I recently came across a truly amazing collection of letters and notes surrounding the formation of the Autodesk company, who are most well-known for developing the AutoCAD drafting software.
This struck me as a treasure-trove, since AutoCAD actually provided the strange inspiration that launched my software-development career more than 10 years ago. It is therefore fascinating to me to hear detailed stories relating to the company’s inception which until now I had no insight into.
When I was studying civil-engineering we had to take units in drafting using the AutoCAD software, and would afterwards often use it as a tool to provide technical drawings for assignments and projects. As with any piece of software that you are required to use, but not experienced enough for Stockholm-syndrome to have set-in, you quickly find frustrations due to flaws or your own ineptitude. This was certainly the case for me with the tool. I did gain skill over time and found it to be a very expressive drawing interface in many ways, however, since I had no experience in software-development, I arrogantly thought - “I could make something better.”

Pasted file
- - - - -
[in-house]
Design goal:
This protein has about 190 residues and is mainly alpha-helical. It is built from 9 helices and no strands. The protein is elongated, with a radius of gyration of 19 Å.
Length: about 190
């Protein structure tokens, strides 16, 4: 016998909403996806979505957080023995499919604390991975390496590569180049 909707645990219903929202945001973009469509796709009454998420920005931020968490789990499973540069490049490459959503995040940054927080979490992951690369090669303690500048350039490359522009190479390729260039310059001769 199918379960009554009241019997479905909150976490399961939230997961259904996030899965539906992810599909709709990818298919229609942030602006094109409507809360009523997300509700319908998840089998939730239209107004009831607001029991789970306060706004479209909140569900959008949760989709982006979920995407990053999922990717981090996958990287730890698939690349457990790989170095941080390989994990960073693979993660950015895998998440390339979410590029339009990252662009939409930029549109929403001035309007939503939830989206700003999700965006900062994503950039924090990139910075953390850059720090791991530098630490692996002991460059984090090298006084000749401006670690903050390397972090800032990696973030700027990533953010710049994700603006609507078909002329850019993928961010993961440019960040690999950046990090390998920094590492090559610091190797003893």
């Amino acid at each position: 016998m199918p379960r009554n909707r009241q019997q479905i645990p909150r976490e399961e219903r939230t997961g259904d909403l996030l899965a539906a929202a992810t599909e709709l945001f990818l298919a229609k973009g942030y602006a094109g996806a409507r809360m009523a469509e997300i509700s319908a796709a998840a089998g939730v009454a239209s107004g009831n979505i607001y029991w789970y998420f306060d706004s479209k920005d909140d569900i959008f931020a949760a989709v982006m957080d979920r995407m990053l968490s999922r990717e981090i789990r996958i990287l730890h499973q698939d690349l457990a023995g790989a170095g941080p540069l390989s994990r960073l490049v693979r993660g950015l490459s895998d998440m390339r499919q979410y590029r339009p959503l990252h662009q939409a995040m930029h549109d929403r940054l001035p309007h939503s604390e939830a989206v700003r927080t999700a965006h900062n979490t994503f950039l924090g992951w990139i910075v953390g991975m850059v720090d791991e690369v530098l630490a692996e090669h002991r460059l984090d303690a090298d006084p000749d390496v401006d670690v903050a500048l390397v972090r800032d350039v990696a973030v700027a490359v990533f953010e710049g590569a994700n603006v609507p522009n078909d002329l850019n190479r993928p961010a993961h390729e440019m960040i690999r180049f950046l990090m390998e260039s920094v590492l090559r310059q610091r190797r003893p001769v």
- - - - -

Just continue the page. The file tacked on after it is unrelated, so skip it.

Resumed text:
This was the first time I seriously considered writing software for any practical purpose. I googled “how to write a program” and other such things before learning that Java was the most well-regarded language of the day, and I set about downloading the necessary IDEs, etc. in order to start creating my masterpiece. Well, I quickly learned that this was quite a bit more involved than I had imagined. Not only was even the most trivial idea unfathomably detailed in its construction when broken down into its primitive concepts, but Java certainly didn’t make life any easier with its verbose and convoluted syntax and APIs.
After this I googled such things as “easier programming language than Java” and whatnot. I ended up settling on Ruby, somewhat due to it’s quirky origin story and its philosophy of developer happiness. I soon realised that not only was I extremely arrogant in thinking that I could create a better AutoCAD with any ease, but AutoCAD was one of the best conceived and designed tools that I have ever used to-date. I still draw inspiration from its many interface ideas - from AutoLISP being presented to the user as GUI actions are performed, to its extensive macro integration and sophisticated snapping guidelines.
I’m not sure there is a moral to the story, but by the time I realised that my task was not going to be realised any time soon, it was too late for me, and I was hooked on software-development for its own sake.